### Dynamic linear model results

We next fit the dynamic linear model to the volume of detached clusters using Eq 1 where *m* = 130, *p* = 8 here and *k* = *p*. We standardize our input data to range over [0, 1]. This transformation will eliminate the effect of different measurement units and will enable us to get better parameter estimates. The data is normalized by centering the column with their respective minimum values and divided by their range such that *x*′ = (*x* − *x*_{min})/(*x*_{max} − *x*_{min}).

We initialized the Markov chain sampler with the following prior hyperparameters; *ψ*_{0} = 0; *τ*_{0} = 1; *α*_{y,i} = 3; *b*_{y,i} = 0.01; *α*_{β,j} = 3; *b*_{β,j} = 1, *m*_{0} = 0, *C*_{0} = *I*_{p}, where *I*_{p} is a diagonal matrix of ones. We run the DLM algorithm for 1,000,000 MCMC iterations, keeping every 100 iterations (thin = 100) in order to reduce the autocorrelation in the saved MCMC samples where a burn of 5000 samples is removed before making the diagnostic plots.

Fig 6 shows the diagnostic plots obtained from the MCMC outputs for the three randomly selected regression parameters. The posterior density plots provide information about the shape of posterior distributions of parameters. The ergodic means (middle column) from MCMC samples are relatively stable after 1000 iterations. We can conclude that the convergence of the MCMC has been reached to estimate the posterior means. Diagnostic plots for three randomly selected values from the state and observation variance (**V** and **W**) parameters are displayed in the S1 and S2 Figs of the Supporting information. These plots are similar in pattern to Fig 4 in term of convergence while the diagnostic plots for evolution matrix *G* are not shown but also indicated convergence.

The first column shows the posterior density of the state variables. The middle column is the running ergodic means of MCMC samples. The third colum is the trace plots for the MCMC samples.

Now, we test the performance of fitted models on the left-out observations. S3 Fig of the Supporting information is the cross-validation plot that compares the detached volume under four different shear rates for the simulator and emulator predictions. The plot for each shear rate has a relatively similar pattern. Similar to what we earlier saw in Fig 2 (middle panel), the detached volume grows linearly over time < 40,000*s* for all shear rates and a rapid increase followed by a moderately decreasing trend. There is a consistency in the pattern observed for the four selected shear rates. Overall, the simulated output values and that of predictions are relatively close. The degree of closeness reflects the accuracy of our DLM model. The uncertainty levels are a little bit higher for the first time point compared to the remaining time points. The percentage of variance explained and root mean squared error (RMSE) for this model are 81.5% and 1.023 respectively.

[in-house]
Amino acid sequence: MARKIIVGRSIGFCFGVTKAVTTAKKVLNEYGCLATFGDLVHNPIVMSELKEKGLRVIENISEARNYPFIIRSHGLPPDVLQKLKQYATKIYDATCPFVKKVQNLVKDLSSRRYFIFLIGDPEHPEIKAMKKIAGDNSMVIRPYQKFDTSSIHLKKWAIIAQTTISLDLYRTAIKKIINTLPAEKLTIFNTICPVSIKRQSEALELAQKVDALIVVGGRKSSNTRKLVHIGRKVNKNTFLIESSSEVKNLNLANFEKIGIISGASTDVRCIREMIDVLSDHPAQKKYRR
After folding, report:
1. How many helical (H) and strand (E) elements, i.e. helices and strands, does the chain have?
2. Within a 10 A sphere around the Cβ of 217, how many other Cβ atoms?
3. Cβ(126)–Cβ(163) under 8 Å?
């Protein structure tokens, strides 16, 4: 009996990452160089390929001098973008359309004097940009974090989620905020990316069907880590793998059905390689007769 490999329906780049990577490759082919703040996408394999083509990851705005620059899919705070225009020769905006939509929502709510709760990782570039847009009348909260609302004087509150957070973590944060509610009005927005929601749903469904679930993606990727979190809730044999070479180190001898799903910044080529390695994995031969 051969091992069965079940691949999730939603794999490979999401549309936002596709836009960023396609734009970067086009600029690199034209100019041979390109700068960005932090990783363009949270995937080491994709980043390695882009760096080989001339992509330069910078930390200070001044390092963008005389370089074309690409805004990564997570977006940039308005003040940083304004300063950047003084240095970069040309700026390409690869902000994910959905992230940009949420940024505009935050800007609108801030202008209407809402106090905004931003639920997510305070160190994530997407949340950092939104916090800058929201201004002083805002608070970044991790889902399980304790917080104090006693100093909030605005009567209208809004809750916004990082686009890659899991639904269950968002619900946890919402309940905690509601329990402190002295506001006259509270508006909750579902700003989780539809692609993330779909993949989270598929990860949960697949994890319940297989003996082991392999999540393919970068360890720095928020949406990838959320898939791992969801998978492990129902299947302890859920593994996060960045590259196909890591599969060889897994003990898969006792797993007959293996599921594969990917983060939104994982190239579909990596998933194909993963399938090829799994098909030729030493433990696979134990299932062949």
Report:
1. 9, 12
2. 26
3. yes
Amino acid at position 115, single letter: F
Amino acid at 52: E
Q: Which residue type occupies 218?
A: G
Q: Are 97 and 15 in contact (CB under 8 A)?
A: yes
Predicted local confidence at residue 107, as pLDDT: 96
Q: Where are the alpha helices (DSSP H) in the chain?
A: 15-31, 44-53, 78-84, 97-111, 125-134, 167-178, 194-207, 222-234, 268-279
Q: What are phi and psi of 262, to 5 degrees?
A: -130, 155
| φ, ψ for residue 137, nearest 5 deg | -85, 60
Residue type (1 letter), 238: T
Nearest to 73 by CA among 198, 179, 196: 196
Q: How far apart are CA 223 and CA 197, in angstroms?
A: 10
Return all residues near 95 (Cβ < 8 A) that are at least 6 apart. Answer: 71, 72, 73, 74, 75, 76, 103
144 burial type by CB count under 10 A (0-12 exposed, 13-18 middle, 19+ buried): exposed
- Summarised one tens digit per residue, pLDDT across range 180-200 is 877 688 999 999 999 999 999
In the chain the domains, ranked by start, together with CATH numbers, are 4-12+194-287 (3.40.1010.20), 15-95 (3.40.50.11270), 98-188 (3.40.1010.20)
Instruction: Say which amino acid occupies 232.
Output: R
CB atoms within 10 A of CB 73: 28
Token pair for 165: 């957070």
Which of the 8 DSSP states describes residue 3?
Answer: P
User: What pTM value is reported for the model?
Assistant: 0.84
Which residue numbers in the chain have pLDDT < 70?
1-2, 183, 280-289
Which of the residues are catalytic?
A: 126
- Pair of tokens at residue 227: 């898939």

### Sensitivity analysis

To further understand the dynamics of the system we are modelling, the relative contribution of each variable to the total output variance is explored. We perform dynamic sensitivity analysis because of time-dependent nature of our data. We examine how sensitive the log-transformed volume of detached clusters are to changes in parameters over time. We use the Sobol method which calculates indices by variance decomposition. We compute the first order and total indices. Suppose our model is represented by **y**_{t} = *f*(**x**_{1,t},…,**x**_{p,t}). The first order index is given as where *Var*[*E*(**y**|*x*_{i,t})] is partial variance or the main effect of variable *x*_{i}, and Var(**y**) is the total variance of the response **y** [39].

We sampled 10,000 observations from a uniform distribution for each of the eight input variables. It is also possible to sample directly from the DLM Markov chain results. The relative importance of each parameter is shown in Fig 7. We observed that detached cluster volume is mostly sensitive to the number of shear events (*noe*), shear rates (*γ*), yield coefficient for heterotrophic bacteria (Y_{HET}) and EPS stiffness (*K*_{e}). At earlier times, the sensitivity of EPS stiffness is high and gradually becomes less sensitive at the later time. On the contrary, the sensitivity of the number of shear events grows over time.

While the sensitivity of viscous coefficient is relatively moderate and constant in the first few time points, its index reduces at a later time. The effect of shear rates, on the contrary, is pronounced at later times. The parameters *K*_{s,HET}, *μ*_{HET} and spring coefficient have very low indices, an indication that the volume of the detached cluster does not react greatly to a change in these parameter values. It is obvious that sensitivity of the model parameters is temporally dynamic, emphasising the significance of conducting the sensitivity analysis across multiple time points. Overall, the *noe*, *γ*, Y_{HET}, *K*_{e} are the four principal determinants of the volume of detached clusters.

## Discussion and conclusion

There is a significant change in the morphology and dynamics of biofilm formation when a shear flow is applied on a mature biofilm as seen in Fig 1. Also, it is obvious that shear force affects the biofilm structure in line with [2] observations. Moreover, at higher shear rates, a more dense and stable biofilm is likely to be produced because of stronger adherence from EPS matrix than those subjected to lower shear forces.